Monday, January 11, 2010

Audit the Fed and Do it Now

Most people have no clue how the Federal Reserve System works. How does it really create money? Does it REALLY set interest rates?

Here is an excellent analysis of Fed operations first by Steve Forbes (obviously of FORBES magazine) and then in an interview conducted by Forbes with Congressional Representative and former Presidential candidate Dr. Ron Paul on why the Fed needs more transparent accounting.

For the record, I am not a Ron Paul supporter. I disagree with him on too many key political issues to want him in the Oval Office. But on the Fed and its disastrous record since 1913 he is dead right and I applaud him for his leadership in this area while so many in Congress are asleep at the wheel.

The case for stricter auditing review (but not Congressional oversight) of the Fed's balance sheet comes right out of the headlines given the latest controversy regarding AIG credit default swaps and how then New York Fed chief Timothy Geither (now Secretary of the Treasury) seems to have misled bankers over the value of these derivatives.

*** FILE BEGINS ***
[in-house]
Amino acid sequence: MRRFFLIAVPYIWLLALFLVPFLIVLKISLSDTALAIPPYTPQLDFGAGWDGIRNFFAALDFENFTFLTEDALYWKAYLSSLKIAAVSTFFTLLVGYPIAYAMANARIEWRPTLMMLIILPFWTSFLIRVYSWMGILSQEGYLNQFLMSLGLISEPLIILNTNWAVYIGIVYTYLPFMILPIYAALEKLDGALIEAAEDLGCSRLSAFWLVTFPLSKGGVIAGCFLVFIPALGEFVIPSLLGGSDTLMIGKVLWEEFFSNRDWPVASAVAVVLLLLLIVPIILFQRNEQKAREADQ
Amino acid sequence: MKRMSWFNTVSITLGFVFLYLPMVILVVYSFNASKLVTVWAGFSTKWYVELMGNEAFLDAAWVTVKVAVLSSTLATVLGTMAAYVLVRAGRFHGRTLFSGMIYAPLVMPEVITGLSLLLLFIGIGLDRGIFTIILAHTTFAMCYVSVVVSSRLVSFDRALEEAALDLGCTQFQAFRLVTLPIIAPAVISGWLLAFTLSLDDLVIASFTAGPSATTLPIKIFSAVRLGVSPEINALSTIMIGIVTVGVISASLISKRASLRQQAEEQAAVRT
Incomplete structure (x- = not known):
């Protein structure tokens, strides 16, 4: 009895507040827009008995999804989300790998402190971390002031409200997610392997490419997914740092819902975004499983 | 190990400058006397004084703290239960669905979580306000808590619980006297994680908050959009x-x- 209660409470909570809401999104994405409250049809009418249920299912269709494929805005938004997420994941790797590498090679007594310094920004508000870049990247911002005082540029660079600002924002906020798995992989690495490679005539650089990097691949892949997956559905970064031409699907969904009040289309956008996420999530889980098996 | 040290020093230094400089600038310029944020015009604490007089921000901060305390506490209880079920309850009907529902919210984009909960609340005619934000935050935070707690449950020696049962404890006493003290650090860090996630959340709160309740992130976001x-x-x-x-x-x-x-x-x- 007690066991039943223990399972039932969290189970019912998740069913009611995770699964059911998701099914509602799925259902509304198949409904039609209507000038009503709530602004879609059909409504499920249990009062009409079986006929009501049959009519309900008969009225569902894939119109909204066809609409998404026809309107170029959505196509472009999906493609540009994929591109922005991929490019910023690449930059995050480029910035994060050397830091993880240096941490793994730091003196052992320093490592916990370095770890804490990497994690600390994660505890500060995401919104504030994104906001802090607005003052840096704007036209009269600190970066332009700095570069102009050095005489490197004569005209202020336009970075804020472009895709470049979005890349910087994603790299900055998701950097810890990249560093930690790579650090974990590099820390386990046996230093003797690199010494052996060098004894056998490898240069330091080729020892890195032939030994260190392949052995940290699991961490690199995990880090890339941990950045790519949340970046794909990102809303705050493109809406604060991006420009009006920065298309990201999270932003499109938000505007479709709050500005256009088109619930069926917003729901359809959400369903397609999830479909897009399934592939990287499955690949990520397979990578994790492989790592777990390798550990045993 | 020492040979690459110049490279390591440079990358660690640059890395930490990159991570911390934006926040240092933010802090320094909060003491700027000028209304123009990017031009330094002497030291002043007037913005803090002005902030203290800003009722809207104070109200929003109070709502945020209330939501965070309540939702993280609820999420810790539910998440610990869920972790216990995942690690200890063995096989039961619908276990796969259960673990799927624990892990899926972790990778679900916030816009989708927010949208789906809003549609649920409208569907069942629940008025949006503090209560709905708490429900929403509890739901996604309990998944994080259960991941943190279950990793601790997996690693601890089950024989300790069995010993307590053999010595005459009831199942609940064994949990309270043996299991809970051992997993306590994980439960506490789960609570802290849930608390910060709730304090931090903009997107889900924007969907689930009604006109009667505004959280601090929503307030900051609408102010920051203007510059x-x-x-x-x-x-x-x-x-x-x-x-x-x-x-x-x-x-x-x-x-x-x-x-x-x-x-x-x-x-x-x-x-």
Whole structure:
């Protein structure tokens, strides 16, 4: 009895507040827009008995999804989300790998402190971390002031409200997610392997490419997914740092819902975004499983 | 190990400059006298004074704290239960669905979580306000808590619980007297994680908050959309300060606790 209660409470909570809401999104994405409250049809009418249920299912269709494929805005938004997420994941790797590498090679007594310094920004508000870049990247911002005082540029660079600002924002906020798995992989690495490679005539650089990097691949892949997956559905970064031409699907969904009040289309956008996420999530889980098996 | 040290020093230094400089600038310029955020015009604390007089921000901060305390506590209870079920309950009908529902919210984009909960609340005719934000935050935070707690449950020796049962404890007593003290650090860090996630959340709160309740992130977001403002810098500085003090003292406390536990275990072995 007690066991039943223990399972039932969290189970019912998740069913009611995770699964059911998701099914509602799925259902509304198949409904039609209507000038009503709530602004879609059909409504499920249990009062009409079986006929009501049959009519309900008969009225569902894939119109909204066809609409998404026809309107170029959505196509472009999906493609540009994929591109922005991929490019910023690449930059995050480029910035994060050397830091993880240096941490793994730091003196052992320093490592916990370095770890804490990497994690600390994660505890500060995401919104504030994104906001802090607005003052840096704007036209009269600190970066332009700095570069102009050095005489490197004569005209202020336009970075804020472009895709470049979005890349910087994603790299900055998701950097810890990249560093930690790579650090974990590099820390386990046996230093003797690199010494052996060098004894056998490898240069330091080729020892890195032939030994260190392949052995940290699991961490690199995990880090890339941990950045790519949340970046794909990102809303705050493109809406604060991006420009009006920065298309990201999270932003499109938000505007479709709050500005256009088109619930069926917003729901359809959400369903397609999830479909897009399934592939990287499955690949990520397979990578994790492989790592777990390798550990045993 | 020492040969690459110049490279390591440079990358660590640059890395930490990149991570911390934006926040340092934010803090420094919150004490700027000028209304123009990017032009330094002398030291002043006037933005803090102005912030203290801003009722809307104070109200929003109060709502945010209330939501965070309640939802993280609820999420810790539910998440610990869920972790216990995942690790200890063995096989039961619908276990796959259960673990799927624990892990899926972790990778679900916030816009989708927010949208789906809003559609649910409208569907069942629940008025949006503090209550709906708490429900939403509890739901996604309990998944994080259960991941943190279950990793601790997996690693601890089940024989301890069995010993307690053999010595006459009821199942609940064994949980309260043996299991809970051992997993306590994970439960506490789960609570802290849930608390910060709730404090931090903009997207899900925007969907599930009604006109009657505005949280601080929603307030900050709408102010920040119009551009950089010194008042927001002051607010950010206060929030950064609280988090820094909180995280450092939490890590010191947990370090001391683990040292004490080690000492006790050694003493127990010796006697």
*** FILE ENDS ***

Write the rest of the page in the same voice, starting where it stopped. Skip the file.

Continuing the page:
What is the cost to taxpayers of this massive blunder and potentially criminal act?

$17 billion lost through overpayments.

Representative Ron Paul has taken the leadership on this issue through his bill, HR 1207, or The Federal Reserve Transparency Act of 2009. The bill essentially allows GAO audits of the Fed's books. Here is a clip from YouTube where Paul himself discusses HR 1207.

Here is the official Congressional history of HR 1207 and its Senate counterpart, S 604, The Federal Reserve Sunshine Act of 2009. Lots of people want to audit the Fed. Check out the long list of cosponsors from every side of the political aisle.

The bottom line here is very simple. If you want predictable and stable interest rates, the nation needs to reign in an out-of-control Federal Reserve System that is printing money like, well, a central bank that has no limits, no checks, and no accountability.

Who can REALLY make the case that we should not have accurate financial statements from the Fed and its $2 trillion (and rapidly growing) balance sheet? Well, even today the Fed itself is attempting to make just this case and it should be ashamed of itself for trying to keep Fed screw ups secret and hidden from the public.

Robert J. Abalos, Esq.